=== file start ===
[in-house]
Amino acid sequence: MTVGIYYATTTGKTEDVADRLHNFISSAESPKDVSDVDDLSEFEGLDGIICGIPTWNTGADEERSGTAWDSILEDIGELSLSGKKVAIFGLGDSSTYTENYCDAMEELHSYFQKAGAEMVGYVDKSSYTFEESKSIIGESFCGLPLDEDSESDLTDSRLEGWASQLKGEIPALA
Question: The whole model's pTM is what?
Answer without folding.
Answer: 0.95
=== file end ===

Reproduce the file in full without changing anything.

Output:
[in-house]
Amino acid sequence: MTVGIYYATTTGKTEDVADRLHNFISSAESPKDVSDVDDLSEFEGLDGIICGIPTWNTGADEERSGTAWDSILEDIGELSLSGKKVAIFGLGDSSTYTENYCDAMEELHSYFQKAGAEMVGYVDKSSYTFEESKSIIGESFCGLPLDEDSESDLTDSRLEGWASQLKGEIPALA
Question: The whole model's pTM is what?
Answer without folding.
Answer: 0.95